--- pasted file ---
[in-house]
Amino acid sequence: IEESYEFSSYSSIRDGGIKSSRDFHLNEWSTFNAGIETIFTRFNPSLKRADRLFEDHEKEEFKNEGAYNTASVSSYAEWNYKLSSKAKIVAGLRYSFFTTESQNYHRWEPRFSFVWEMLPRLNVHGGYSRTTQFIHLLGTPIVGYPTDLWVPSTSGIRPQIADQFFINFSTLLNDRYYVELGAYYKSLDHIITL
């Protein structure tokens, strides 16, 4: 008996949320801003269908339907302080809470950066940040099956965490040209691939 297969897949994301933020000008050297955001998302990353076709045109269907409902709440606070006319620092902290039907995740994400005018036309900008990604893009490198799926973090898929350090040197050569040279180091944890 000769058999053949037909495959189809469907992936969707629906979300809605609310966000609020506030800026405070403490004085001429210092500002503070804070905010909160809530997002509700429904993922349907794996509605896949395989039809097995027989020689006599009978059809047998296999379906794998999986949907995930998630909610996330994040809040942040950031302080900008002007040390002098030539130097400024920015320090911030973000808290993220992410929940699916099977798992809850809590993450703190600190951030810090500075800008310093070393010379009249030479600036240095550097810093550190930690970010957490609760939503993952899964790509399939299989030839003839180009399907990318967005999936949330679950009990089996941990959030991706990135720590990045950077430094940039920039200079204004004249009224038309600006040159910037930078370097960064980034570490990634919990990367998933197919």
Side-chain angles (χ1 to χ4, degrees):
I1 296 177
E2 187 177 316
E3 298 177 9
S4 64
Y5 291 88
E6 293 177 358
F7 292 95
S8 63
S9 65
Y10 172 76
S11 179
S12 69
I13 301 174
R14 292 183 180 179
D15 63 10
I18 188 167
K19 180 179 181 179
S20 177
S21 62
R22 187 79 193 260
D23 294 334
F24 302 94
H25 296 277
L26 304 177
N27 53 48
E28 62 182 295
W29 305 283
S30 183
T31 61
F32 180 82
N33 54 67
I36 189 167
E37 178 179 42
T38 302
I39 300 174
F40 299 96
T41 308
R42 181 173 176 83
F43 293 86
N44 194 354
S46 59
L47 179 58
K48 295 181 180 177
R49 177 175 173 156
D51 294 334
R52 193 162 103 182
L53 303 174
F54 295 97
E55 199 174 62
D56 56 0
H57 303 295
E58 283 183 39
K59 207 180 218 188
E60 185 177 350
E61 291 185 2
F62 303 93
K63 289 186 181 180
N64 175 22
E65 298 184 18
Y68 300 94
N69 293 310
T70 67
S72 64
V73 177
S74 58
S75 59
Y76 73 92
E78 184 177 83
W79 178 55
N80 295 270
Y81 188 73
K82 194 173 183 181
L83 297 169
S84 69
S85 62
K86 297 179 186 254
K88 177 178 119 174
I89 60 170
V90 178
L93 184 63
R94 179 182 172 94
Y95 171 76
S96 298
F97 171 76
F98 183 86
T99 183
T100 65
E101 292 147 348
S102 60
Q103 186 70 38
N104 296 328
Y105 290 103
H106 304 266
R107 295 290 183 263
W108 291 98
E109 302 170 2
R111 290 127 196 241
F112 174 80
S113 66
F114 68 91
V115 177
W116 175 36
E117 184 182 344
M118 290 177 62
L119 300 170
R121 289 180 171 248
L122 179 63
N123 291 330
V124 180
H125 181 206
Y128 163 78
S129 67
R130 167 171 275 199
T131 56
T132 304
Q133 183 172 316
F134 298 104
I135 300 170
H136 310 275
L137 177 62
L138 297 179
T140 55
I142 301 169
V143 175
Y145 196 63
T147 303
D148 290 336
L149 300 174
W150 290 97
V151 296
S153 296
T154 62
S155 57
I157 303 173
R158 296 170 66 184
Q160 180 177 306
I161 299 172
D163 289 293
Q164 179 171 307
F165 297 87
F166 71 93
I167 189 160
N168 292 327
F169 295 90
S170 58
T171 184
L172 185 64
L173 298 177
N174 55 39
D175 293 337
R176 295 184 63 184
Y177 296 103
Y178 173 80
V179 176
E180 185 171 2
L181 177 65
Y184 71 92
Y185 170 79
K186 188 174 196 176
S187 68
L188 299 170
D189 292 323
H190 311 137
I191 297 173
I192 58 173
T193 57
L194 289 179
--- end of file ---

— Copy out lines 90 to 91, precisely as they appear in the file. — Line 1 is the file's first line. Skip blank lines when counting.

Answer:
T99 183
T100 65